What she wants to say:
I wanted to tell you one story. Uh. This is the story of the best meal I’ve ever had in my life, okay. Happened when I was eleven years old in Chicago, IL where I grew up. I went to a place called the Salt & Pepper Diner, uh, with my best friend John. We walk into the diner one day, and they had a jukebox there, okay? And the jukebox was three plays for a dollar. So we put in 7 dollars and selected 21 plays of of Tom Jones’s What’s New Pussycat. And then we ordered and waited.
Here’s the thing about when, uh, What’s New Pussycat plays over and over and over and over and over again. The second time it plays, your immediate thought is not ‘hey someone’s playing What’s New Pussycat again.’ It’s ‘hey, What’s New Pussycat is a lot longer than I first thought. The third time it plays you’re thinking maybe someone’s playing What’s New Pussycat again. The fourth time it plays you’re either thinking ‘whoa someone just played What’s New Pussycat FOUR TIMES or at least someone played it twice, and it’s a really long song.’ So the fifth time is the kicker, alright?
Now, John and I we’re watching the entire diner at this point, alright? Most people have gotten wind as to what’s going on. And we’re staring at this one guy and he’s sitting in like a booth with his stupid kids jumping around, and he’s like staring at his coffee cup like this, and he’s been onto us since the beginning. And he’s sitting there, and his hand is shaking, and he had this look on his face like, aw, like he had just gotten his thirty day chip from anger management. And he’s staring like this, and the fourth song fades out. It’s dead quiet. Then, I don’t know if you know this, but the song begins very quietly…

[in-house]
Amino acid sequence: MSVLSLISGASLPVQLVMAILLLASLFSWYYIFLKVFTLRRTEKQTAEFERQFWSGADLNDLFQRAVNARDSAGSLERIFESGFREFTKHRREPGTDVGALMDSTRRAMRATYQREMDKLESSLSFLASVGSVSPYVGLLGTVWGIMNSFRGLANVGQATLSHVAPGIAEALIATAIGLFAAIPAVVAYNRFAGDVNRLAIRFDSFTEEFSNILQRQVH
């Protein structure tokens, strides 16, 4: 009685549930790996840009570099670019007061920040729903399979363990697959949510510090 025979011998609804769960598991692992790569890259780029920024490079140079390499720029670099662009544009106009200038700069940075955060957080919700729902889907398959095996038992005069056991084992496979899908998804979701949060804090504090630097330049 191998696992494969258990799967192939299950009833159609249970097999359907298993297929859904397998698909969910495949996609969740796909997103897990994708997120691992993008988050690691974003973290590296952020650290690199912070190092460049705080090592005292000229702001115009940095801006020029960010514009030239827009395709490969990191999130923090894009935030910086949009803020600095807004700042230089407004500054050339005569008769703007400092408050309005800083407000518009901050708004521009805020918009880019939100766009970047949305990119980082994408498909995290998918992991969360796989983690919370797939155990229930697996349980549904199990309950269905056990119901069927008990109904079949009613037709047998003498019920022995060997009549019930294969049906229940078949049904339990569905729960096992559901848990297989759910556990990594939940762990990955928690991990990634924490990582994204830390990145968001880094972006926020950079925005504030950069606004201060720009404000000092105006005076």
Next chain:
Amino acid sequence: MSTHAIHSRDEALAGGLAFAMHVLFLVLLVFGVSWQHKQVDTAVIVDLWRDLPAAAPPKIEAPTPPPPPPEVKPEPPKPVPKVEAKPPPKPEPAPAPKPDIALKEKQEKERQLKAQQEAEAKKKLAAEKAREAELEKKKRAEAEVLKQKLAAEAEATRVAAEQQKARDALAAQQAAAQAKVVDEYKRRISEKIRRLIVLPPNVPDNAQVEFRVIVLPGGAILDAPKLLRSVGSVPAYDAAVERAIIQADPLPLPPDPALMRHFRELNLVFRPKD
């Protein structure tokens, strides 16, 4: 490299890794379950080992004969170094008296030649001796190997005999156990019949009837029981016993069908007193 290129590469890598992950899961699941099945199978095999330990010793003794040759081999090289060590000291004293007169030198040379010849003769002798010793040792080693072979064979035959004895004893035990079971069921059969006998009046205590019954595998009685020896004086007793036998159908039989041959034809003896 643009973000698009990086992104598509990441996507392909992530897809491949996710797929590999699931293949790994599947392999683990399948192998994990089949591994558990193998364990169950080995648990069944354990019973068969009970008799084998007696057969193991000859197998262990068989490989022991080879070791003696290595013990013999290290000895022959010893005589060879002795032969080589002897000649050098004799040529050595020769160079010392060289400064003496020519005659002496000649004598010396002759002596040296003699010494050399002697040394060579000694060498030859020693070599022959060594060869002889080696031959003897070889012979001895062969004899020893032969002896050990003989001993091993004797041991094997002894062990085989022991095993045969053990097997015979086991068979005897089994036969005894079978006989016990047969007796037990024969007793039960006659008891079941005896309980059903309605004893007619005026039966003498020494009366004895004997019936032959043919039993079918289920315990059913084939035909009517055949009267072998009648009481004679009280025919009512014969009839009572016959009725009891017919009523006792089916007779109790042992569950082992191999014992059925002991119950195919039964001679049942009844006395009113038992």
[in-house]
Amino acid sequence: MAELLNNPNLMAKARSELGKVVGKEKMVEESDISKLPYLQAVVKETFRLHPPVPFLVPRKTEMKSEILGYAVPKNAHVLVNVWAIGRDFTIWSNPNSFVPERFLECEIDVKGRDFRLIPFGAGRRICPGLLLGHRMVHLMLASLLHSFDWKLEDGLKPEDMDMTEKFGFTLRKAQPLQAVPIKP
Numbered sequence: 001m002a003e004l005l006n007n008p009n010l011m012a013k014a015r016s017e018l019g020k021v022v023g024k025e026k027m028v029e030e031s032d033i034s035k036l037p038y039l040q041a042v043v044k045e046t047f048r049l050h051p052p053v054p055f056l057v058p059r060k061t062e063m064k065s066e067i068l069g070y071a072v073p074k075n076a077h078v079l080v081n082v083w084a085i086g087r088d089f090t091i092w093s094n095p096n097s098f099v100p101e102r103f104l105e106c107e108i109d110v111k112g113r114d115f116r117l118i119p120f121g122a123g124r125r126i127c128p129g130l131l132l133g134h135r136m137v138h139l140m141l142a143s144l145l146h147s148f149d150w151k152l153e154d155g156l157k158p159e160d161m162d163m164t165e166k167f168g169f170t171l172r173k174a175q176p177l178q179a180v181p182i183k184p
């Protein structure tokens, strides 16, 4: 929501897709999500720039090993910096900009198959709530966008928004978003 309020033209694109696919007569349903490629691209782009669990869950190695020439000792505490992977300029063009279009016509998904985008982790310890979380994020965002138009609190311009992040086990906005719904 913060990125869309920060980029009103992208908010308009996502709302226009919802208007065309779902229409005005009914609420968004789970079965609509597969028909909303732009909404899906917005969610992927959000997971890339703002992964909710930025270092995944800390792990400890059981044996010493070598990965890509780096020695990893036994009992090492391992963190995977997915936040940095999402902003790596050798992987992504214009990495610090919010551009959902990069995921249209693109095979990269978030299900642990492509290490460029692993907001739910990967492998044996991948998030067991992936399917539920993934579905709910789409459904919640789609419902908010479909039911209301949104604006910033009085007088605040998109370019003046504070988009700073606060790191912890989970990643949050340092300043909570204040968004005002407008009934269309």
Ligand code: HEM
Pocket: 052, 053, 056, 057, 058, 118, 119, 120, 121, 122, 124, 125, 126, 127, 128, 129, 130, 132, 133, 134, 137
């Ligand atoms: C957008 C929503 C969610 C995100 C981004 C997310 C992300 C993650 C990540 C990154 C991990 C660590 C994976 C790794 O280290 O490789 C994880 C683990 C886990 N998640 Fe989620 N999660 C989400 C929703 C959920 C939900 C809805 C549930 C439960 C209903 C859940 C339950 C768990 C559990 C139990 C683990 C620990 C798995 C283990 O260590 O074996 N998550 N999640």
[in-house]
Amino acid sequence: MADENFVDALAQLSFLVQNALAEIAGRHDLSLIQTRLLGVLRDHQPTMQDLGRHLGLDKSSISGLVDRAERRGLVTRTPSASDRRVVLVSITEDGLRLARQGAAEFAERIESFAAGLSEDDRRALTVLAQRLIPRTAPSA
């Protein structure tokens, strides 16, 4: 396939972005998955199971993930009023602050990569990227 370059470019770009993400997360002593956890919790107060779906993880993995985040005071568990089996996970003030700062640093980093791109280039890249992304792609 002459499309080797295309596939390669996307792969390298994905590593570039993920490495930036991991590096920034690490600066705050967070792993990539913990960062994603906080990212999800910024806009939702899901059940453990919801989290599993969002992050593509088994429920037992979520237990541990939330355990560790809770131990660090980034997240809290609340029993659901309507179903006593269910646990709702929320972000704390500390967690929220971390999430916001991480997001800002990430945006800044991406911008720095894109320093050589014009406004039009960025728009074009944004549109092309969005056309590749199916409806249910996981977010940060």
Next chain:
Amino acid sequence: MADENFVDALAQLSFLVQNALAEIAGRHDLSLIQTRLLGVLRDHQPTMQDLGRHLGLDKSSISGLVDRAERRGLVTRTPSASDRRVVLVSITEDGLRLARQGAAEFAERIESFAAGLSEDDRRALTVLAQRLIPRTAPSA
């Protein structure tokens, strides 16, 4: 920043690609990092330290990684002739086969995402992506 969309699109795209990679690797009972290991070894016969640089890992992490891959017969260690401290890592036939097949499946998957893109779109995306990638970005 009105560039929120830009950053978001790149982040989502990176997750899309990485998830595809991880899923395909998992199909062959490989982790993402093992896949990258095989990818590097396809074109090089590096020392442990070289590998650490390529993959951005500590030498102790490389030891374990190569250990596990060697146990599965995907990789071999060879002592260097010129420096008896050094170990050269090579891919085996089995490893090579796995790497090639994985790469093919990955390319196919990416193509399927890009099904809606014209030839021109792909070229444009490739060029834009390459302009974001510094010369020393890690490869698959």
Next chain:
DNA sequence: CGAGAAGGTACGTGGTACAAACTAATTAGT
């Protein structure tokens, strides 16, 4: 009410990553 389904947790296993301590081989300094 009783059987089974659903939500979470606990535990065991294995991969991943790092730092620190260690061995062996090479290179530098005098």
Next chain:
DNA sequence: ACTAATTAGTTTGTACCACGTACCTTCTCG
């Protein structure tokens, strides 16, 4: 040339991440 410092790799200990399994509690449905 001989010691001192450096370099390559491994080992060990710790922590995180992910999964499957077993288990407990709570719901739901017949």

BWAAAH BWAAAAAH WHAT’S NEW PUSSYCAT and he goes GOD DAMN IT and pounds on the table, silverware flies everywhere, and it was fantastic. But a word about my best friend John and what a genius he was because when we first walked into the diner, okay? When we first got there and I’m punching in the What’s New Pussycats alright? I’ve punched in like 7 at this point then John says to me ‘hey hey hey before you punch in another What’s New Pussycat let’s drop in one It’s Not Unusual.’
Oh yes. That is when the afternoon went from good to great. After seven What’s New Pussycats. In a row - It played seven times. Suddenly - Dum da dum, IT’S NOT UNUSUAL and the sigh of relief that swept through the diner. People were so happy. It was like the liberation of France. You know for years scientists have wondered can you make grown men and women weep tears of joy by playing Tom Jones’s It’s Not Unusual and the answer is yes you can. Provided that it is preceded by seven What’s New Pussycats. It’s true. Dead honest.